Kaiser Permanente plans to double the size of its efforts to address housing instability with another $200 million, the integrated health system said Thursday.
Since the Thriving Communities Fund's inception in 2018, the initiative has preserved or produced more than 7,000 affordable housing units across the U.S. and is on track to hit 15,000 by 2025. Kaiser also worked with SDS Capital Group to create 1,800 supportive housing units in California using $50 million from its initial investment, the health system said in a news release.
Kaiser expects the additional financing influx will double the fund's impact, allowing it to create or preserve 30,000 affordable housing units before 2030. The new investment is part of a larger effort to address the impact of COVID-19 among underrepresented communities, including low-income and communities of color. Creating affordable housing is one way to make a positive difference, according to Steve Shivinsky, Kaiser Permanente national media relations director.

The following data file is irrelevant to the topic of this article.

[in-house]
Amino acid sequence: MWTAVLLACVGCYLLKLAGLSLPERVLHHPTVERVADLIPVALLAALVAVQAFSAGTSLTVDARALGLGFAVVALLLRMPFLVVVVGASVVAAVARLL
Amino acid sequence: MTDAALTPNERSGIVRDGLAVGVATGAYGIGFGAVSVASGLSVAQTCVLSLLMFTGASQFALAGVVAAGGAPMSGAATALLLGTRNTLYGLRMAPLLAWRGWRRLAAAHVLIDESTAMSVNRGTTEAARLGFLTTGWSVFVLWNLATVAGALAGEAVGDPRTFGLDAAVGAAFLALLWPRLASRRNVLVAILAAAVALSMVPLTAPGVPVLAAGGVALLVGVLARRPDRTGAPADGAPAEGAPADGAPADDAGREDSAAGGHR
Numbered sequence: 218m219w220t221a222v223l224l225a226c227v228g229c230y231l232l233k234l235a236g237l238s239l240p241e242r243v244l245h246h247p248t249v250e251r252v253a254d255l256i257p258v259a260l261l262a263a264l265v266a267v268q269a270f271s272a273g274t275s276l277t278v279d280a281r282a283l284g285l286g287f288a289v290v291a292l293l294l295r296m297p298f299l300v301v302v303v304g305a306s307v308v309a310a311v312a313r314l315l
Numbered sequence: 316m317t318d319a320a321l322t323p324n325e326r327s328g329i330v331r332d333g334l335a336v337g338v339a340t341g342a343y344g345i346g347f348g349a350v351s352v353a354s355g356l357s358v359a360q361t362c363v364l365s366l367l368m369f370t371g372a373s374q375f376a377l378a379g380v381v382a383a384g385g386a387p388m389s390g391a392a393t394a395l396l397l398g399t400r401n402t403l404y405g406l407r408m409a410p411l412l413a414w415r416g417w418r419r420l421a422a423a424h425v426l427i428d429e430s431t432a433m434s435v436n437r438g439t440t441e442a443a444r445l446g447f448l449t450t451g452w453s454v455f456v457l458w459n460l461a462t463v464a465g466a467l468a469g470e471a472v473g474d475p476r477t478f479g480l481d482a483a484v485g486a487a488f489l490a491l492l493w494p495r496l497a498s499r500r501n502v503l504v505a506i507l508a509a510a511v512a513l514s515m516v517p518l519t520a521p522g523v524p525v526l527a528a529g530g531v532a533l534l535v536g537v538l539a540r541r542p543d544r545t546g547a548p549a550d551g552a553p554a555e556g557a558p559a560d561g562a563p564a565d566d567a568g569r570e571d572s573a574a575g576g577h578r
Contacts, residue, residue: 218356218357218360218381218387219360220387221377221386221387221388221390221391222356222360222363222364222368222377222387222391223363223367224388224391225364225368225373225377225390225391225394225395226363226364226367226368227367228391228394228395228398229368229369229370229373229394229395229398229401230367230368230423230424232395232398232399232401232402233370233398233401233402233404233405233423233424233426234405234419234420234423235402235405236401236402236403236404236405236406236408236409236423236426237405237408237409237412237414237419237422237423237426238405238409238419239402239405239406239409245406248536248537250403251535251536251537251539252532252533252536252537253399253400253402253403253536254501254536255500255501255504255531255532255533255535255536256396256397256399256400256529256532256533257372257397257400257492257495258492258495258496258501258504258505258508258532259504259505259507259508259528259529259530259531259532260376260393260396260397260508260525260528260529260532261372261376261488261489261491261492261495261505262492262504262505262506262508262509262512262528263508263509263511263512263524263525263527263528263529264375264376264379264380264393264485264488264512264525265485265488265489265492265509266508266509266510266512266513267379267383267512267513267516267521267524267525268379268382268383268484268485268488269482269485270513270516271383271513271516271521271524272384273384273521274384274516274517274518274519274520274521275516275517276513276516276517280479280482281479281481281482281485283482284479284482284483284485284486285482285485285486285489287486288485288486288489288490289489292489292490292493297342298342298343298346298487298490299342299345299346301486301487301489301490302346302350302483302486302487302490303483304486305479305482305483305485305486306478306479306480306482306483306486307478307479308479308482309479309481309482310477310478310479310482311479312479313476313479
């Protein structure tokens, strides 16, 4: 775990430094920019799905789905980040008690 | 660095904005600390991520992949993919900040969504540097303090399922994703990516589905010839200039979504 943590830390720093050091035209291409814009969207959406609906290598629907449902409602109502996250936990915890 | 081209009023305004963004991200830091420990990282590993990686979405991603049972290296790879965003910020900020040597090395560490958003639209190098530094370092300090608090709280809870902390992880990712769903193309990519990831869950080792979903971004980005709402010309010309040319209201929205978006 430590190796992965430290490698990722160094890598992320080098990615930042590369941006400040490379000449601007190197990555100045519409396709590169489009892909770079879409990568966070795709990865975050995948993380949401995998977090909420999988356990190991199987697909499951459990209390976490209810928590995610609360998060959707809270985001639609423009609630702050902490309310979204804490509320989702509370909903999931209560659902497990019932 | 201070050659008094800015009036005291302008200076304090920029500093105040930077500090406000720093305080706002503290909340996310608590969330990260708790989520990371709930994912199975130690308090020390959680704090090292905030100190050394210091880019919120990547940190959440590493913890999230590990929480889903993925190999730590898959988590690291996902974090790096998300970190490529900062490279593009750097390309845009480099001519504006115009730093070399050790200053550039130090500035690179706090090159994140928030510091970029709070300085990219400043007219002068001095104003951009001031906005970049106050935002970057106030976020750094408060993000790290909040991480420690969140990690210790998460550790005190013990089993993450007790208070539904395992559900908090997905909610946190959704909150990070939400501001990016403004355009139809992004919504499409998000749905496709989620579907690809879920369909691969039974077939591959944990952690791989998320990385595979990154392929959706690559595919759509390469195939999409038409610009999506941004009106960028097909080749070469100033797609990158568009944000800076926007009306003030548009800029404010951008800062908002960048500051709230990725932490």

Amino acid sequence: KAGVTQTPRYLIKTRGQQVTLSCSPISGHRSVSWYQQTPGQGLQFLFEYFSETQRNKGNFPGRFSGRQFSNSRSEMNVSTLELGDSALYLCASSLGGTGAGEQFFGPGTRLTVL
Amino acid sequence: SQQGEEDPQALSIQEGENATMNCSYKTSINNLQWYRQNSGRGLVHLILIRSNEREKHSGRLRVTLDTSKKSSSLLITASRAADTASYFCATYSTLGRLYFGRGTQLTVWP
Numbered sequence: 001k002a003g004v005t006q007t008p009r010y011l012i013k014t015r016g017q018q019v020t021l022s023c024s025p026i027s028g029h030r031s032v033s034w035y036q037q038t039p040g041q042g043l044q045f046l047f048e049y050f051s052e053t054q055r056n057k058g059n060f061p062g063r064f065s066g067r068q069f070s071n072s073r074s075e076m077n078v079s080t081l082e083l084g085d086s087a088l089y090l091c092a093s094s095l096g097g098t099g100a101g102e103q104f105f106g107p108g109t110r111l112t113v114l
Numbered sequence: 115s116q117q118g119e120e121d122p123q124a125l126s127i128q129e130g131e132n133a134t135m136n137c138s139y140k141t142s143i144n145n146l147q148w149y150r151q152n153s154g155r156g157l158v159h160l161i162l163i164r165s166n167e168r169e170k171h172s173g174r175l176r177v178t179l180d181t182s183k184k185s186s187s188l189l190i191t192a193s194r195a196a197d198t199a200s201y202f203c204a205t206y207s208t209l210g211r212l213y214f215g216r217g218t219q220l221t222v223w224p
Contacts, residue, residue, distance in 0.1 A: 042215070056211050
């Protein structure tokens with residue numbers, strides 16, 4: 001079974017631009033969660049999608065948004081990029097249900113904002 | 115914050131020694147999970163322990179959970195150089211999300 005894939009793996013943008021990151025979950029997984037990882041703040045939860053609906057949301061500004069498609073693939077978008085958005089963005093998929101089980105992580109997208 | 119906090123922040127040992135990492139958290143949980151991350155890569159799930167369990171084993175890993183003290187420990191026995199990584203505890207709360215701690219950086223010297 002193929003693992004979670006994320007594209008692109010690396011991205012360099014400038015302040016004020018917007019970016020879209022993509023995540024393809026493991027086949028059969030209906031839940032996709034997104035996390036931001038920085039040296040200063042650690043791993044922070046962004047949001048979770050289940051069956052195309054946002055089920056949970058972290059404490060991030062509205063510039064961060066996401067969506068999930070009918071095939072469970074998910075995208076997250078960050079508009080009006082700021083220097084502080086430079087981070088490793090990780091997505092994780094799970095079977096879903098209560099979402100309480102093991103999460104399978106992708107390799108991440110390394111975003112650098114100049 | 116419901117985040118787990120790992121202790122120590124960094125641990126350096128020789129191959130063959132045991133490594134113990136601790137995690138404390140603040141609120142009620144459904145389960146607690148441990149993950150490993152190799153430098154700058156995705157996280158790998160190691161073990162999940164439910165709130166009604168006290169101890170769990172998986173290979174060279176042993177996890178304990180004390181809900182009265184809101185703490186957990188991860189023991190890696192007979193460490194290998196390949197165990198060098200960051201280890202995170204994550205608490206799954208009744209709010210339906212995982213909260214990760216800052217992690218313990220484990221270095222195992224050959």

"There's a clear link between economic stress and poor health," he said. "We find that there is more opportunity for us to have a positive effect on the underlying health conditions and the future health of communities if we can find ways for them to be housed, fed and take care of their basic needs."
Other healthcare providers have also invested in the affordable housing market. Last year, ProMedica launched a statewide home improvement initiative in Ohio and University Hospital partnered with New Jersey's state government to build new housing for residents and patients.
But the investments haven't all panned out. Sanford Health sold its affordable housing portfolio in 2020, after losing close to $2 million a year operating 1,700 government-funded housing units across 40 different facilities.